The one thing I always forget is that not everyone is a morning person and not everyone will drop everything and sit in the pouring rain or freeze in below zero temperatures for a shot at catching a fish. Fishing is a great activity to do alone, but there’s nothing better than getting out there with a buddy and sharing those experiences with someone else who loves it as much as you do. If you’re like me and have some difficulty getting someone out on the water with you, whether it be a lazy fishing buddy or pure reluctance, here’s how to get your fishing partner off the couch and into their waders.
I’ll get this one out of the way first. Bribing people almost always works–with anglers, typically bribing with food, beer, a sick view, goodies from Postfly and the potential for some awesome fish should do the trick.
Hype Them Up!
Nothing attracts people to an activity like showing them how insanely fun it can be. Whether your tactic is to tell them an intense fishing story, show them a fishing hype video, or a picture of an insanely colored-up cuttie you caught last weekend, make sure to capture their attention and get them stoked. Maybe don’t mention how the high temperature is going to be 10° or the 12-mile hike to the lake, but really hype everything else up and you’re sure to pull even the most reluctant angler away from whatever else people do when they aren’t fishing.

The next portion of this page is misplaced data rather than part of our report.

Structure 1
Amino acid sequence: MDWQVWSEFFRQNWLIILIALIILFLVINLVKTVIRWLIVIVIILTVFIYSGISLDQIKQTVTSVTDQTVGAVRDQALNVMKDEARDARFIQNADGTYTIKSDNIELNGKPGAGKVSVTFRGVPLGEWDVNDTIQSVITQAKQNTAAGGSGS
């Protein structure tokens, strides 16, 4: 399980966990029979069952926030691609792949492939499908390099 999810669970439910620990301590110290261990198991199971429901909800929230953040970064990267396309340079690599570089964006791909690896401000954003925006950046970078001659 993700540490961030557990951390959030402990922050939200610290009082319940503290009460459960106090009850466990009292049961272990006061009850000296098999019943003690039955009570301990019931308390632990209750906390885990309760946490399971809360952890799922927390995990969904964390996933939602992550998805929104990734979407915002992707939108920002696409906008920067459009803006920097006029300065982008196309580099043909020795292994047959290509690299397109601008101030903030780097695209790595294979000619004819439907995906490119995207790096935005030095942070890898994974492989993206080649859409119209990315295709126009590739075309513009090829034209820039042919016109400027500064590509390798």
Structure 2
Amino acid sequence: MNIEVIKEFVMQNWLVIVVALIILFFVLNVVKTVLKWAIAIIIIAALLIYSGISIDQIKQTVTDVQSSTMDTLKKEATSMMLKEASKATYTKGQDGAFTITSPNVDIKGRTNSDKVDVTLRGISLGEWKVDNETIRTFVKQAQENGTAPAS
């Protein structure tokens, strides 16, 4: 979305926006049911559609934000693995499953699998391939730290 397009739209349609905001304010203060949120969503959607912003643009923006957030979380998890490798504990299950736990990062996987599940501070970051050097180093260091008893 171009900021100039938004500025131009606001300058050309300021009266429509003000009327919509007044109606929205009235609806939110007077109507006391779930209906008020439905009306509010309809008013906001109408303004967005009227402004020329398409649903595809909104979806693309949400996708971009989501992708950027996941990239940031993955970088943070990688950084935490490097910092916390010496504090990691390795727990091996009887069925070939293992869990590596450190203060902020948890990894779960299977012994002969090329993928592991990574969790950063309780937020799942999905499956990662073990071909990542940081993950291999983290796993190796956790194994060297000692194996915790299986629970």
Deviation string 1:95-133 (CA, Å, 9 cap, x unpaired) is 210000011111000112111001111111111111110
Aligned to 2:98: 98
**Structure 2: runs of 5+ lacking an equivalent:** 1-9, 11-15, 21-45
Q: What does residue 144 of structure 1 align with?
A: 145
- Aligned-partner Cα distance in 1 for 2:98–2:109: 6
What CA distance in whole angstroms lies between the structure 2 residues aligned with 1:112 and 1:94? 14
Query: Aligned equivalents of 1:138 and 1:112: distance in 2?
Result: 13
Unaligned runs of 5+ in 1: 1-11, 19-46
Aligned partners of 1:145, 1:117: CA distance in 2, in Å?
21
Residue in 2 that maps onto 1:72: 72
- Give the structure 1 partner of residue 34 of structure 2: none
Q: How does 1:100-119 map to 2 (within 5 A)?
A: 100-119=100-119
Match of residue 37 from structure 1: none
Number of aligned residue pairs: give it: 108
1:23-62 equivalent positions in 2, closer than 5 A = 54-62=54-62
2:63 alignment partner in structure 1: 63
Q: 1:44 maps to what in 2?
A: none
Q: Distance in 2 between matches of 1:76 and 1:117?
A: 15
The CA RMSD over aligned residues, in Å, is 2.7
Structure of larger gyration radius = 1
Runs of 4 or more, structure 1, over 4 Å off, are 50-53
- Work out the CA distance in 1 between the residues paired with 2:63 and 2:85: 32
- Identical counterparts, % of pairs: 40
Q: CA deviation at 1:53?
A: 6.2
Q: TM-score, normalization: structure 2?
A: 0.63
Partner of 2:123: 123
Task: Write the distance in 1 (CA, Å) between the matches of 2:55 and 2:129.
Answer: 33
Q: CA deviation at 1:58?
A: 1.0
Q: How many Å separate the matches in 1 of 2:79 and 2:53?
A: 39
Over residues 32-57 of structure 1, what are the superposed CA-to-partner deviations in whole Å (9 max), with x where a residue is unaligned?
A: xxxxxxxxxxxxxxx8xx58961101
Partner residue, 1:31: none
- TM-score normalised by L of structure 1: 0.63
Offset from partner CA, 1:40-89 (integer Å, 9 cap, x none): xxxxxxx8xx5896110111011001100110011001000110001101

Make it personal. If you tell people how sad/mad you’d be if they weren’t there with you, you’ll definitely get some emotion out of people. Another way to use guilt is through our old friend Blackmail—threaten to tell their spouse, parents or significant other how much they spend on fishing gear (make it believable enough that they get scared, but don’t actually do it, that definitely breaks the angler’s code of conduct).
“Fear Of Missing Out” or “Fear Of Missing Out On Fishing” as I like to call it is something that every human has and while this might sound harsh, take advantage of that. There’s no better way to use peer pressure than to make people feel like they are missing out on a good time. Remind your angler of all the action, relaxation and fun they aren’t having. Phrases like “wow, I can’t believe you didn’t see that amazing sunset from the river that we saw after we cooked some fresh brats from the local butcher that gave us the perfect fishing spot where we all caught our PB trout on mice in the middle of the day… too bad you weren’t there. I’m sure whatever ever you were doing was important though.”
As a last resort, you can always use physical force—ranging from extreme things like showing up at your friend’s house and throwing them in your car or more relaxed practices like sleeping over and making sure to set the alarm clock really loudly to ensure they wake up and are ready to go.
Especially with the colder winter months, your typical fishing buddies might turn a bit soft, these tactics should help you get them out there regardless of the conditions.
If you have to do ANY of the things mentioned I suspect you need to find new fishing friends.